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When a tumor grows on an organ, doctors remove it. When a hip stops working, they replace it. When a faulty gene causes a disorder like Huntington’s disease or sickle cell anemia, however, there isn’t a surgery to fix the problem.
But a Cambridge company launching Monday aims to develop therapies that can put troublesome genes under the knife, so to speak, cutting out bad DNA like a scalpel excises bad tissue to treat diseases caused by genetic mutations.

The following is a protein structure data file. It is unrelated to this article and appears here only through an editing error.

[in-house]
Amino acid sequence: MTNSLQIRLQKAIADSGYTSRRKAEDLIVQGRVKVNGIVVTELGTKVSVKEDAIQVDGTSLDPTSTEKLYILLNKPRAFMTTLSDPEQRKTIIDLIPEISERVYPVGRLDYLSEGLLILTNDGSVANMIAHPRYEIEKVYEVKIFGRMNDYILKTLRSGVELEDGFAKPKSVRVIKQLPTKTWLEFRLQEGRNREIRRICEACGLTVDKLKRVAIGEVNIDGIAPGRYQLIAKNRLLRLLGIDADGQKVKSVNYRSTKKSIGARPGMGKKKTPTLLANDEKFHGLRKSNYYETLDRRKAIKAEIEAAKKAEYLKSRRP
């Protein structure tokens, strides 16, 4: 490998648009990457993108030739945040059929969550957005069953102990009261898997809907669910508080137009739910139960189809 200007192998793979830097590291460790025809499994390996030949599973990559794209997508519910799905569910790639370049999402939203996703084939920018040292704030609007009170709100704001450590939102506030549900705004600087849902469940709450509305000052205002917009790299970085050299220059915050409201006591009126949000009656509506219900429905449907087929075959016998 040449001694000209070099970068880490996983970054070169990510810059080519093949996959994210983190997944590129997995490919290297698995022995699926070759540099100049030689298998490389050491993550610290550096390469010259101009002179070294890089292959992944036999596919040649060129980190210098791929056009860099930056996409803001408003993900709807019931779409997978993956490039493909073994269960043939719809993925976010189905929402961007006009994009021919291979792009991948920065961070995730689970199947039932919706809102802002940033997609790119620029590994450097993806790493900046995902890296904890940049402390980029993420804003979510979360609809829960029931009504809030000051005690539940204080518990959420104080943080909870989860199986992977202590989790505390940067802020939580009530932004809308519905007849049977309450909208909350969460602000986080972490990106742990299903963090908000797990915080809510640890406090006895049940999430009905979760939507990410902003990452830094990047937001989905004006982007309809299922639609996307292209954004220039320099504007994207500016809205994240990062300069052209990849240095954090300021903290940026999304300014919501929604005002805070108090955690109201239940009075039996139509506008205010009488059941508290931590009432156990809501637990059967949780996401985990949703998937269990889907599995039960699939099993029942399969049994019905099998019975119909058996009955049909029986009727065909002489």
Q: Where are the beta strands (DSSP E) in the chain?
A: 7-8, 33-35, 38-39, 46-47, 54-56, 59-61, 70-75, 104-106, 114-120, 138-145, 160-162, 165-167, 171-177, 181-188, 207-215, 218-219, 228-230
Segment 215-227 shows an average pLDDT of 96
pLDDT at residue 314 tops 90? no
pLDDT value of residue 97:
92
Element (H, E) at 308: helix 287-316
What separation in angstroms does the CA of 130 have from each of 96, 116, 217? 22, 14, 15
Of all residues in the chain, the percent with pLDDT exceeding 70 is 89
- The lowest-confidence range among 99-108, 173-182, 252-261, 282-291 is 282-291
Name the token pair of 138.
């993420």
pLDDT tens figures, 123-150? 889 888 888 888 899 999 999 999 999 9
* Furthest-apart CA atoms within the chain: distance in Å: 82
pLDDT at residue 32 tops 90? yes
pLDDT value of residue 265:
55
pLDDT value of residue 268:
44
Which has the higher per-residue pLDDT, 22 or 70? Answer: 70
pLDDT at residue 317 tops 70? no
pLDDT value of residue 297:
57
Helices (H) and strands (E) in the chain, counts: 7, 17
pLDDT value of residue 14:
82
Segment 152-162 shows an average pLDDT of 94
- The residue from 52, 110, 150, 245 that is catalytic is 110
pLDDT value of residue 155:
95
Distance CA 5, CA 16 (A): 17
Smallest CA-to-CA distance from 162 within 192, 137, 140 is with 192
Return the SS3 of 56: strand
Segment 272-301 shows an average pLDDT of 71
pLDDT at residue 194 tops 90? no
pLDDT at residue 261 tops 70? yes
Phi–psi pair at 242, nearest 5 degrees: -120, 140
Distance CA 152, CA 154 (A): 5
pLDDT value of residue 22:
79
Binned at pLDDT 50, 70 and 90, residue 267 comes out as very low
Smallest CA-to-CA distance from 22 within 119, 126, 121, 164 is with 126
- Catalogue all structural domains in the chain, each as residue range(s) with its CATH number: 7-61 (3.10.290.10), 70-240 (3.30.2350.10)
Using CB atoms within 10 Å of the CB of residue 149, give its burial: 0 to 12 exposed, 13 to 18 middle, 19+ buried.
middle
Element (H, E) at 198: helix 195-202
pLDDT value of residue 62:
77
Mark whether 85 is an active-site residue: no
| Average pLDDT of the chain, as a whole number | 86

“The way to think about it is molecular surgery,” said Dr. J. Keith Joung, director of the molecular pathology unit at Massachusetts General Hospital and a cofounder of the new company, Editas Medicine. “The idea is you can go in and make changes to the DNA.”